NOTE: Stay through the credits for glimpses of the excised dance scene and some other treats, and following the credits, a brief extra scene with some important information.

Parents should know that this film includes extended fantasy/horror peril and violence. Characters are killed (one off-screen, one suicide by electrocution), and there are some gruesome images and mild crude humor.

Family discussion: What’s your favorite ghost story? Which was the scariest ghost in the movie?

If you like this, try: the original “Ghostbusters,” “Monster House,” and “ParaNorman”

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Action/Adventure Comedy DVD/Blu-Ray Pick of the Week Fantasy Remake Scene After the Credits

The Huntsman: Winter’s War

Posted on April 21, 2016 at 5:11 pm

Copyright 2016 Universal
Copyright 2016 Universal
With a storyline as awkward and unfocused as its unwieldy title, “The Huntsman: Winter’s War” is like a mashup of “Frozen,” “Lord of the Rings,” and the Narnia movies, without any of the heart or imagination of any of them.

It’s both a prequel and a sequel to a movie no one was all that eager to see, with only 48 percent positive on Rotten Tomatoes and one of those counted as positive didn’t muster much enthusiasm: “This Snow White may not be the fairest of them all, but sometimes, especially during the heat of summer, fair-to-middling does just fine.” This one is more middling than fair.

In the first film, the evil Ravenna (Charlize Theron) bewitched a king, killed him on their wedding night, and locked his daughter in a tower. Then, when she grew up to be Kristen Stewart and threatened to challenge Ravenna’s status as the fairest of them all, Ravenna ordered the Huntsman with no name to kill Snow White and bring back her heart so Ravenna could eat it and achieve permanent fairness.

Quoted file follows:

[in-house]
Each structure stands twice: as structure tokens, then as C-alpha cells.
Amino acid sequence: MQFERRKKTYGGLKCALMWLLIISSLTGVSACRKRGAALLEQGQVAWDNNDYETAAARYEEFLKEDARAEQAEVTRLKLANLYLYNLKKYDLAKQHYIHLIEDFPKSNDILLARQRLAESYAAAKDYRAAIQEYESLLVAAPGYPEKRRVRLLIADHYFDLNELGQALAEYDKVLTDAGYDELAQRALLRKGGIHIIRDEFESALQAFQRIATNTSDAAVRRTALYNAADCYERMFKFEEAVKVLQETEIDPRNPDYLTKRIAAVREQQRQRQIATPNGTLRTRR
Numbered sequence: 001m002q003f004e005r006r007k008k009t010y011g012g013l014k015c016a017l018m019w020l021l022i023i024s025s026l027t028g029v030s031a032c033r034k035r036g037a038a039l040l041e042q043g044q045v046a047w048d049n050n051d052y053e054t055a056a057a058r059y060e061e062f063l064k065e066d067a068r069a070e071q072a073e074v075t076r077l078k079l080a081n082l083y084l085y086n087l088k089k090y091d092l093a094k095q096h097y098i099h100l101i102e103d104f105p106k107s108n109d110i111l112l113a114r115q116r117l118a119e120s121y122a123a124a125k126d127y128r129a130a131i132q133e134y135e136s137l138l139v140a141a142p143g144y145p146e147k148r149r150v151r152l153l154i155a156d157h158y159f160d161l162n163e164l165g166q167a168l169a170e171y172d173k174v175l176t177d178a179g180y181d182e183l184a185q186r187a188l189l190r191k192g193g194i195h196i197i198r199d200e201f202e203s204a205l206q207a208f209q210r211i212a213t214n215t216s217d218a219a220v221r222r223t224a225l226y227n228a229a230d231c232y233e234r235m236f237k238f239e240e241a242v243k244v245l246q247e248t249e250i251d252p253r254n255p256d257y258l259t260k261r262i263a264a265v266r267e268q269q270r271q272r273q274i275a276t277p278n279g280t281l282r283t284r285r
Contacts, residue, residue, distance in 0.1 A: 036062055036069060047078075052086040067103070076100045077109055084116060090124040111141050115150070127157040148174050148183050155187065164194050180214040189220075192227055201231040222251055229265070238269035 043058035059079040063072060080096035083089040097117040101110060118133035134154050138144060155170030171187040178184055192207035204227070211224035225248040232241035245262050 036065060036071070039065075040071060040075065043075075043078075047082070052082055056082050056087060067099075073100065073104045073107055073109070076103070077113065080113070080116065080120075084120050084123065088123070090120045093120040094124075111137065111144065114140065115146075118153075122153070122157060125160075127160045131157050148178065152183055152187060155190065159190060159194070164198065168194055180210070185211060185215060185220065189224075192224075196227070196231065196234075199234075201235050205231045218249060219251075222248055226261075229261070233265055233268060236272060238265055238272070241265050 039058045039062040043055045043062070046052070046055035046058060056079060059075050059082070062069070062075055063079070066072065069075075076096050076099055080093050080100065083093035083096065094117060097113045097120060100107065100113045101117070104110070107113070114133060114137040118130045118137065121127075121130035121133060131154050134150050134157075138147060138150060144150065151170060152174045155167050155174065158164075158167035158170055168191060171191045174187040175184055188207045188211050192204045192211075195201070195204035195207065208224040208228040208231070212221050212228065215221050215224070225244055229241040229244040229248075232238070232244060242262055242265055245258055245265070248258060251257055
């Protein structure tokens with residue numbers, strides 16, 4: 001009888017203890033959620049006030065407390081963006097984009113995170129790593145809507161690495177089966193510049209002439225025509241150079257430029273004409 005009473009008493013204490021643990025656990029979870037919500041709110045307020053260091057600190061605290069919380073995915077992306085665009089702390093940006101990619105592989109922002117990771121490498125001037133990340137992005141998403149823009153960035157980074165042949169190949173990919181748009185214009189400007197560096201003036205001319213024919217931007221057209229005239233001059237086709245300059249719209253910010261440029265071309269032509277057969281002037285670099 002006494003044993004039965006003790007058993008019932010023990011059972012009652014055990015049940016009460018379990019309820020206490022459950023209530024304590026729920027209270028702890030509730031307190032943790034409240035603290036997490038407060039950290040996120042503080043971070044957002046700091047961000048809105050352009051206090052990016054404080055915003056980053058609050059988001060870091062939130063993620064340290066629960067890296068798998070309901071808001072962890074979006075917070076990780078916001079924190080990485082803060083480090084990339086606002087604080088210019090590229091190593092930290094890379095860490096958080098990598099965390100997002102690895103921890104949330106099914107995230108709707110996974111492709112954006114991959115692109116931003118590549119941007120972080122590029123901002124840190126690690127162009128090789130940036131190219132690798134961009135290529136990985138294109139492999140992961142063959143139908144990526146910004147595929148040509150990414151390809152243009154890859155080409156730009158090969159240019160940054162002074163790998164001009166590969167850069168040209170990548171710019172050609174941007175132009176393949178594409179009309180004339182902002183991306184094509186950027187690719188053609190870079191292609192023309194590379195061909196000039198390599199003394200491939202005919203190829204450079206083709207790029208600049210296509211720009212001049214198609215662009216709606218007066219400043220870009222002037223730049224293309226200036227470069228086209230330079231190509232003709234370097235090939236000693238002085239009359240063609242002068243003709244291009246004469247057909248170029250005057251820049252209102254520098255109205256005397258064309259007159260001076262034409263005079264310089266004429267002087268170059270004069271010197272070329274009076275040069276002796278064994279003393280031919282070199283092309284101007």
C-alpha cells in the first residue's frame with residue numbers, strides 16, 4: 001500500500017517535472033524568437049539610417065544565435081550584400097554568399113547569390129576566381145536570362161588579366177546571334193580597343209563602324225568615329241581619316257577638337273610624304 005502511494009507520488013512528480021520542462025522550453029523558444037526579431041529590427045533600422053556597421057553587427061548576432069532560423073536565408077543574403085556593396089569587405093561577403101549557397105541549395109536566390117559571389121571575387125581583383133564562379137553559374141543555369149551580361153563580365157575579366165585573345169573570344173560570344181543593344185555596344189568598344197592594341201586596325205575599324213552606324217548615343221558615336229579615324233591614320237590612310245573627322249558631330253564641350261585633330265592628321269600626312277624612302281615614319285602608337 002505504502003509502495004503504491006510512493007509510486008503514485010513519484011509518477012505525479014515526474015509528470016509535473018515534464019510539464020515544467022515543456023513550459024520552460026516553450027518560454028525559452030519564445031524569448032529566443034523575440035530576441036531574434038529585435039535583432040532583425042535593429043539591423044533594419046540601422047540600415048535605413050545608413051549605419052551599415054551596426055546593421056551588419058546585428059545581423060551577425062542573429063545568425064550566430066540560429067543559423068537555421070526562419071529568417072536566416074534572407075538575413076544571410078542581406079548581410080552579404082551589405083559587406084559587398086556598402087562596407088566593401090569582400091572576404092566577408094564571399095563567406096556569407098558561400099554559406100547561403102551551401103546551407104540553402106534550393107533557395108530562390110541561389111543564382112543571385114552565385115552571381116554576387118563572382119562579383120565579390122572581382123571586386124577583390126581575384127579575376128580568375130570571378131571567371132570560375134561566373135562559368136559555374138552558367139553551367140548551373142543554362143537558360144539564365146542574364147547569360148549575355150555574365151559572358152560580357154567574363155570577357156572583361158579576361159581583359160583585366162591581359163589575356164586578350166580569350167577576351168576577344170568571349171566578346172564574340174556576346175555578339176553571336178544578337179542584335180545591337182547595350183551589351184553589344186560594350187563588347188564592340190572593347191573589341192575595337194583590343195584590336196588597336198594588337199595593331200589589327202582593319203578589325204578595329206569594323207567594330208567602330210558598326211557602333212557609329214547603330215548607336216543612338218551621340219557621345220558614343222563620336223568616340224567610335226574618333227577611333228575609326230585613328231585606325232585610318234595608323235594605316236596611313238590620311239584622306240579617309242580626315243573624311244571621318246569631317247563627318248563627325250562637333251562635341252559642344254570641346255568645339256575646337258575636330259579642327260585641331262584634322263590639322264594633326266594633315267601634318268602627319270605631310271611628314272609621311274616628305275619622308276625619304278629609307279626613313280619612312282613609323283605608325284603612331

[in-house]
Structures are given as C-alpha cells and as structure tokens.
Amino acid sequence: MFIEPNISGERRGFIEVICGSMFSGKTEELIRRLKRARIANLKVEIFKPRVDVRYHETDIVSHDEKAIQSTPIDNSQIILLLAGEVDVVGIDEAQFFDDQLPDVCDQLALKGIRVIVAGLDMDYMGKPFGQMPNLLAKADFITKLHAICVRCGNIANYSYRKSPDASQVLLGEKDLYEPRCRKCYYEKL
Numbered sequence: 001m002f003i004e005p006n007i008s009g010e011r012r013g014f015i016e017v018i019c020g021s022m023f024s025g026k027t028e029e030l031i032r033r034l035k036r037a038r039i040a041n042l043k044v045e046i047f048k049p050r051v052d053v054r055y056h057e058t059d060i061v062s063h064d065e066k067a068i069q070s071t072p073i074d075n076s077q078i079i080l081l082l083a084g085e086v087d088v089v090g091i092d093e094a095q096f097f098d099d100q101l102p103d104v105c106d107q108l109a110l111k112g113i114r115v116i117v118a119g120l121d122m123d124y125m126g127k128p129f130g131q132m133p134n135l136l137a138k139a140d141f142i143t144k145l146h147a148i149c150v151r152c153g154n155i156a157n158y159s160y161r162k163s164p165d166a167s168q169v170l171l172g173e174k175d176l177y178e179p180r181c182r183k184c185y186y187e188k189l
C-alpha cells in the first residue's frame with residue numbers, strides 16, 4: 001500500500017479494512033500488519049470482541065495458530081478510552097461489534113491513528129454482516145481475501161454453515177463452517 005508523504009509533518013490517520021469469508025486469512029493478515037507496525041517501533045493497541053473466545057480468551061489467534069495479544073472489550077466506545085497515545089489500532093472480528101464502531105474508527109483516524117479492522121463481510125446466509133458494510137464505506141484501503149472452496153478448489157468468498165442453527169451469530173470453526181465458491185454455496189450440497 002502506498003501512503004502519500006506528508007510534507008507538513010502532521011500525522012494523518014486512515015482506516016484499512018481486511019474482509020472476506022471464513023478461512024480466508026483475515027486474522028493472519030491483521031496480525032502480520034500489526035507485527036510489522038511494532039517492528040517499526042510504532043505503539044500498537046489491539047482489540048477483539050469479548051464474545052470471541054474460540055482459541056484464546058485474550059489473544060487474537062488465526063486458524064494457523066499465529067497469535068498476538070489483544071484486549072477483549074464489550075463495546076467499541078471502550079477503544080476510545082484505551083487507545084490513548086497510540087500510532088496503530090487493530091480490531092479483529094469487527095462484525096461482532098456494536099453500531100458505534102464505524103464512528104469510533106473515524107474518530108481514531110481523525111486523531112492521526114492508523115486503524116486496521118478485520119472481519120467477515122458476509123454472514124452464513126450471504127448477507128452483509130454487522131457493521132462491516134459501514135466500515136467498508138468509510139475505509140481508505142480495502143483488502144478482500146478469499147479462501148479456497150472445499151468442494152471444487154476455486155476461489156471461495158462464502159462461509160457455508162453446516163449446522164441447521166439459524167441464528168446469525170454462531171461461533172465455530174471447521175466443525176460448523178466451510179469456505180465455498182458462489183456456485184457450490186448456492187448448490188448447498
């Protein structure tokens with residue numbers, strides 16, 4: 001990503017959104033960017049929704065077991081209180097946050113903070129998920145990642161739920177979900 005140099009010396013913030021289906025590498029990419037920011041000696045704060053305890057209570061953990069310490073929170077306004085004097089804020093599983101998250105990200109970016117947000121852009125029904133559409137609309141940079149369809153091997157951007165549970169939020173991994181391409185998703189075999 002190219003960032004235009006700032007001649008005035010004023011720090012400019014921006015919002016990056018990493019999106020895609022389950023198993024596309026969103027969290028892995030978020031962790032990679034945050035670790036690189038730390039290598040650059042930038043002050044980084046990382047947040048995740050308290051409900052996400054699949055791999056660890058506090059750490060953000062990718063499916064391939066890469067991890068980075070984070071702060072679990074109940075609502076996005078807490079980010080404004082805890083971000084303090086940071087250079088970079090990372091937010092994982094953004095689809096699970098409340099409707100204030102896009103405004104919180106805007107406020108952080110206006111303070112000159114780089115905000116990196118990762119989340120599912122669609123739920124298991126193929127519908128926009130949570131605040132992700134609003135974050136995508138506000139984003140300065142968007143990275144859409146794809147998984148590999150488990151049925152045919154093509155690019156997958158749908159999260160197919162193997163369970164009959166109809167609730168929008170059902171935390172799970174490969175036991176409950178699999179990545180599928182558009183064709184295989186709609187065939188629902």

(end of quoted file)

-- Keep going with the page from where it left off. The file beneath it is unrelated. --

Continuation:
In this film, we see Ravenna murder her husband, the king, over a game of chess, and we meet her sister, Freya (Emily Blunt), who is in love and pregnant. Her sister is the one with the magical powers. Freya has none — or so she thinks. But when she is faced with the ultimate loss and betrayal, all of a sudden she discovers her power, or, should I say, she lets it go. Yes, she is the queen of cold and ice. So, she leaves and takes over her own queendom, where her primary occupation is stealing children, telling them that love is illegal, and turning them into fighting machines, with freezing things a close second. Two children grow up to be world-class fighters and to be Chris Hemsworth (this time he gets a name: Eric) and Jessica Chastain as Sara. They break the big rule, and Freya punishes them terribly. Eventually, Eric ends up trying to find the magic mirror, complicated because it was stolen by goblins and because it exerts an evil “Fellowship of the Ring”-style power over anyone who looks into it. He is accompanied by two dwarves, played by Nick Frost and “The Trip’s” Rob Brydon, when, as I pointed out before, little people characters should be played by little people actors. They come across two female dwarves. One is played by Sheridan Smith, who, with Colleen Atwood’s gorgeous costumes, provides the movie’s few bright moments.

The storyline makes even less sense than the first one, with (SPOILER ALERT) repeated reliance on that weakest of plot twists, the character you are supposed to think is dead who turns out to be still alive. Blunt and Theron are game but given little to do but strut and declaim. Chris Hemsworth manages to bring his character to life and there are some striking visuals, but that can’t make up for a dreary mess.

Parents should know that this film features extended fantasy peril and violence, characters injured and killed including an infant, monster, some disturbing images, sexual references and situation, some strong language and crude comments.

Family discussion: What happened when Eric looked in the mirror? Why were so many of the huntsmen loyal to Freya?

If you like this, try: “Stardust” and “Jack the Giant Slayer”

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Action/Adventure Fantasy Romance

In the Heart of the Sea

Posted on December 10, 2015 at 5:36 pm

Copyright 2015 Village Roadshow
Copyright 2015 Village Roadshow